A pdf copy of the article is available for download via SSRN here.
S.I. Strong, “Navigating the Borders Between International Commercial Arbitration and U.S. Federal Courts: A Jurisprudential GPS”June 6, 2012
S.I. Strong (University of Missouri School of Law) has posted “Navigating the Borders Between International Commercial Arbitration and U.S. Federal Courts: A Jurisprudential GPS”, Journal of Dispute Resolution (forthcoming)/University of Missouri School of Law Legal Studies Research Paper No. 2012-12. Here is the abstract:
To the uninitiated, international commercial arbitration may seem as if it “isn’t all that different” from domestic arbitration or litigation. However, the truth of the matter is that international commercial arbitration is an extremely challenging area of law, full of traps for inexperienced parties.
This is particularly true with respect to the parties’ ability to seek relief from U.S. federal courts. While some advocates may believe that a visit to the judge is the best and fastest way to get results in certain types of procedural disputes, that tactic is often inappropriate in international arbitral proceedings, where the tribunal’s jurisdiction and powers are frequently in tension with the jurisdiction and power of various national courts (since there may be multiple courts that could potentially become involved with a particular matter).
Quite simply, this area of practice is unlike any other, and the only way to avoid making expensive and time-consuming errors is to gain an overview of the process from a specialist’s perspective. This Article provides just that sort of guide, outlining the various ways in which U.S. federal courts can become involved in international commercial arbitration and introducing both basic and advanced concepts in a straightforward, practical manner. However, this Article provides more than just an overview. Instead, it discusses relevant issues on a motion-by-motion basis, helping readers find immediate answers to their questions while also getting a picture of the field as a whole.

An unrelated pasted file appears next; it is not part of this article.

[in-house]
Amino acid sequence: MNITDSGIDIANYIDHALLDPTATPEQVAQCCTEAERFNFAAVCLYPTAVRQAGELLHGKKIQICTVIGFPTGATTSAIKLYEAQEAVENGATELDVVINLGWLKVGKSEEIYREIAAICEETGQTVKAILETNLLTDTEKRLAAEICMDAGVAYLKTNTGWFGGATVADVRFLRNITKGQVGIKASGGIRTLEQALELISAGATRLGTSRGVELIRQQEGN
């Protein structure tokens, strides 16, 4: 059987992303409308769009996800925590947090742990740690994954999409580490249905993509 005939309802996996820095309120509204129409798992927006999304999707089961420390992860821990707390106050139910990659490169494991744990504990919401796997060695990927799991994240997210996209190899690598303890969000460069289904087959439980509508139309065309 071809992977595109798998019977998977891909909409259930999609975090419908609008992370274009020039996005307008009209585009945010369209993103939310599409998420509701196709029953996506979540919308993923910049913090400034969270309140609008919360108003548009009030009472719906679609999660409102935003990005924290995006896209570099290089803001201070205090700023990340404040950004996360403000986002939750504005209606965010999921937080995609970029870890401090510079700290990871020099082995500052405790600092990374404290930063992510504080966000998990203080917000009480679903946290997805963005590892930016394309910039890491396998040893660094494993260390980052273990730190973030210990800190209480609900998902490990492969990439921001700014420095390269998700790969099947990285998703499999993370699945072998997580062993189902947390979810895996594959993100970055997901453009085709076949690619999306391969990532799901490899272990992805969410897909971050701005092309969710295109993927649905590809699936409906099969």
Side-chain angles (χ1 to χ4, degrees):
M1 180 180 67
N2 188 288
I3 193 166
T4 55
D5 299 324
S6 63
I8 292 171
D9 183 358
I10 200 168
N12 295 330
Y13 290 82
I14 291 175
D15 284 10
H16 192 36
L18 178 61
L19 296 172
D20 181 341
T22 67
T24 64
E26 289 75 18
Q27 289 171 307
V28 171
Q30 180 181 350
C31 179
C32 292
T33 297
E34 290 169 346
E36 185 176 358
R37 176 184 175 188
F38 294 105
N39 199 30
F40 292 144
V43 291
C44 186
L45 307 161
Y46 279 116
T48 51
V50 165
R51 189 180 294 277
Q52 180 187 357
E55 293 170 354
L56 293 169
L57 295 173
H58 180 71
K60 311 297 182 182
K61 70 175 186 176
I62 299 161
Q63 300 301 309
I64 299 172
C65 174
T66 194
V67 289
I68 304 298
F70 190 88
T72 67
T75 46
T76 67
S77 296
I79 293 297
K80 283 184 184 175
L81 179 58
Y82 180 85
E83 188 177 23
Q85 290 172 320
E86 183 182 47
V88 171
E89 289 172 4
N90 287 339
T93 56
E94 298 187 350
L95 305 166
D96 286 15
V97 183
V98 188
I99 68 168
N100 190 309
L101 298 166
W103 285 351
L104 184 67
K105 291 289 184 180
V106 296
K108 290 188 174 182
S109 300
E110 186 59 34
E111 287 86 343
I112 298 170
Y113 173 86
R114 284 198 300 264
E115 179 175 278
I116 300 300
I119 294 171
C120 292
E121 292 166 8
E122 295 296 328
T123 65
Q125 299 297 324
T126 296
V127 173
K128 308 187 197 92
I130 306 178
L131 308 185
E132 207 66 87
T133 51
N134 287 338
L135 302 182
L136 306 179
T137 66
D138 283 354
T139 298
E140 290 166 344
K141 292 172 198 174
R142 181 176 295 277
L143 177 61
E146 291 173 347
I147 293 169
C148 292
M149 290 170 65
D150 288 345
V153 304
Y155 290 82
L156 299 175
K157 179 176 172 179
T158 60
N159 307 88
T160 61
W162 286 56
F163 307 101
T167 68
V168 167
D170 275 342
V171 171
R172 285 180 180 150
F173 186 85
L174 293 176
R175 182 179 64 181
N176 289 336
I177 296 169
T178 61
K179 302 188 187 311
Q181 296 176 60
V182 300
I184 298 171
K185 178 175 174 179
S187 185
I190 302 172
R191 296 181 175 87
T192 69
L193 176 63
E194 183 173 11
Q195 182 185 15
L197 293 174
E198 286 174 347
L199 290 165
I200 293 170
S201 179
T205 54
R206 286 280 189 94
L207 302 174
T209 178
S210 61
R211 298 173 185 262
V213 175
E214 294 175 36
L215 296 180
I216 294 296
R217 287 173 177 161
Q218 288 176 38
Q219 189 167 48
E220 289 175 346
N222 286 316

Written especially for busy lawyers, this Article gives practitioners, arbitrators and new and infrequent participants in international commercial arbitration a concise but comprehensive understanding of the unique challenges that arise in this complex area of law. Experienced counsel will also find the discussion helpful, not only as a means of explaining the process to clients and junior colleagues but also as a tactical tool to help consider various options in situations where a U.S. federal court may become (or has become) involved in an international arbitral proceeding.
Download a pdf copy of the article at SSRN here.
I have published a new article in the latest issue of the Canadian Bar Association’s Canadian International Lawyer journal entitled, “Adjudicating International Human Rights Claims in Canada”, (2011), 8(3) Cdn. Int. Lawyer 117-133. Here is the abstract:
This article addresses the issue of the privatization of justice and whether a social contract model is appropriate in disputes affecting the public interest, if one accepts the premise that international human rights claims fall under the rubric of “public order” or public interest. The article then explores the implications of promoting a social contract model for advancing and adjudicating international human rights claims in Canada against corporate and state actors, both from the perspective of litigation and arbitration. It concludes with an overview of recent federal legislative reforms relating to state-sponsored terrorism and international human rights standards.
A pdf copy of the article is available for download here.